A Homeschool Day-in-the-Life with Six Kids, Ages 8-15

Yes, I have decided to jump into the January day in the life, bandwagon. Partly because I don’t write many personal posts and thought this would be a good chance to connect with my readers. Also, because in years past when I needed January inspiration these posts sometimes helped, but I found a lot of them were dealing with many fewer kids or kids who were more conveniently spread apart. So we need lots of these kinds of posts to find the people dealing with similar situations to our own.

Perhaps I should also do a retroactive post so my readers who have lots of little ones can see how my days were then.

But for now, I will just overwhelm you with what is my busy, wonderful life right now.

Ideally, I get up at 7:15, usually this means 8:00 🙂 As long as I am ready to begin at 8:30 I am on time. I expect all my kids to get up, be dressed, fed, and have their morning chore (if they have one) done by 8:30. (Dishes will be done and trash and recycling will be taken out.) Every one feeds themselves and cleans up their own mess. (Sometimes the mess cleaning up is only theoretical. :()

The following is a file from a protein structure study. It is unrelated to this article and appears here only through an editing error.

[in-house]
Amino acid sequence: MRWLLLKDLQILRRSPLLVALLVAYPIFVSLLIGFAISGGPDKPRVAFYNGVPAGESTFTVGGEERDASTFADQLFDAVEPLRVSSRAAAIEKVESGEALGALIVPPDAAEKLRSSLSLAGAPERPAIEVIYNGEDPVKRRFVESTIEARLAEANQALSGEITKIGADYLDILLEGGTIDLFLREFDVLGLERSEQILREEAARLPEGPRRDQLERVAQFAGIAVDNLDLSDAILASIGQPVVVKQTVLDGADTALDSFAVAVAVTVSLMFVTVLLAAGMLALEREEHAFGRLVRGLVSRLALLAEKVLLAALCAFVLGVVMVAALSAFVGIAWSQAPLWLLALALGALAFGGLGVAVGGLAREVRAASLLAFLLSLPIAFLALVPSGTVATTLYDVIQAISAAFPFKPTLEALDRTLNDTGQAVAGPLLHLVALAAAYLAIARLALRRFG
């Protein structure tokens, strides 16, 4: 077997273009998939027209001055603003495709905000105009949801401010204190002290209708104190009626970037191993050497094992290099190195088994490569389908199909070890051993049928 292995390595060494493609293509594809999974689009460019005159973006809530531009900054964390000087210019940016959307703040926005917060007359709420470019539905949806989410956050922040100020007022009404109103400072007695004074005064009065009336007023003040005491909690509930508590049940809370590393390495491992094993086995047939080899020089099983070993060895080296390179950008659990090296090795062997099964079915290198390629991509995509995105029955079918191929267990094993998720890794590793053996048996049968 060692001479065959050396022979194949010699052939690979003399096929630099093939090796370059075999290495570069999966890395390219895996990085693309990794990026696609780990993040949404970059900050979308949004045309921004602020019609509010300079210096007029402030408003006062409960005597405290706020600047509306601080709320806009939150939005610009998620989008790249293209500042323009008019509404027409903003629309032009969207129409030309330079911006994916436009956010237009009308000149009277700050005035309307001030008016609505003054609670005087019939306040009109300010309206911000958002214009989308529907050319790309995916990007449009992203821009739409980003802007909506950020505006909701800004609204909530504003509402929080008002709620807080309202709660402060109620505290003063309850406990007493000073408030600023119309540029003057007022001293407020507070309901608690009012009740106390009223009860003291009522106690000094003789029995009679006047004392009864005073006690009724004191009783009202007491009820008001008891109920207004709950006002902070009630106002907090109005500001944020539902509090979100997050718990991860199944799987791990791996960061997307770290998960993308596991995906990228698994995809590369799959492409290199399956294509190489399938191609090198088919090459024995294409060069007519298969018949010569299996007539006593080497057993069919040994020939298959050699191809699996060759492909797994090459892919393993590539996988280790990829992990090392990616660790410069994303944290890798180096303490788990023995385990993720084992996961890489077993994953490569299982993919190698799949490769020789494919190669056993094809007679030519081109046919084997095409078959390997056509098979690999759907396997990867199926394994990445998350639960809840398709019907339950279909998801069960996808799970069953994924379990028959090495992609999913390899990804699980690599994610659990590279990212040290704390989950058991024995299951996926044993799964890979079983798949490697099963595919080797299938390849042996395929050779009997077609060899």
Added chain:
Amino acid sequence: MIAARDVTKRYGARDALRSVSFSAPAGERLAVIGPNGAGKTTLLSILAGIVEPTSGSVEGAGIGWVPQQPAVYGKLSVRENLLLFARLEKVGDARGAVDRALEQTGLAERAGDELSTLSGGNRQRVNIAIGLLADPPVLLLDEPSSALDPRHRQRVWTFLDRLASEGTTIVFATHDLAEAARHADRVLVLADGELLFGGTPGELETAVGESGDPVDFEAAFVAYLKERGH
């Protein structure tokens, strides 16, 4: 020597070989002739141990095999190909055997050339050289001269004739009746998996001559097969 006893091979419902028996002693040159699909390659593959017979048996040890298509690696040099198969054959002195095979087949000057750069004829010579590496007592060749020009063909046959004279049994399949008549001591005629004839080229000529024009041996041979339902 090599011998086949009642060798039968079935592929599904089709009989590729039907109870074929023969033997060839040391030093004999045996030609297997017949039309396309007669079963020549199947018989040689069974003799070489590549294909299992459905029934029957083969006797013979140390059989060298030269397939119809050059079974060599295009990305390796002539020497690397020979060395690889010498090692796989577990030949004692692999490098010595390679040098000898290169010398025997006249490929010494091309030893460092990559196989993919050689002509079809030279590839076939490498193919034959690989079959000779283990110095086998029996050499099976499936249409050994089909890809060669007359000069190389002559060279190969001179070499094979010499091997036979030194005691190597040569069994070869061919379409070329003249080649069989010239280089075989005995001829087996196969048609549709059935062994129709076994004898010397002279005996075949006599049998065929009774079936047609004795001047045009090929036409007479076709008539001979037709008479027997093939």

At 8:30 we all gather, say a few prayers, sing a song, and read a chapter of the Bible. Then we go over 10 visual vocabulary cards and talk about one spelling rule (this rule is a review/reminder, my kids are all naturally horrible spellers).

At 9:00 we split up. This semester I am working with the 14 and 15 year-old boys for one hour. We are studying for the U.S. History CLEP. Once we have done a CLEP or two, I may leave them to do this on their own, but right now I want to make sure we get down a good studying process so I am working with them.

During this hour between 9 am and 10 am my 12 year- old girl is doing her math. Which consists of Life of Fred, Khan Academy and Math Rider.

My 11-year old girl is coloring and reading a human anatomy book, and does a bit a cursive practice in Latin. (She may be an overachiever.)

My 9-year old boy does Math Whizz (this is a computer program and includes instruction so he doesn’t need help), cursive practice, and starts reading from a chapter book.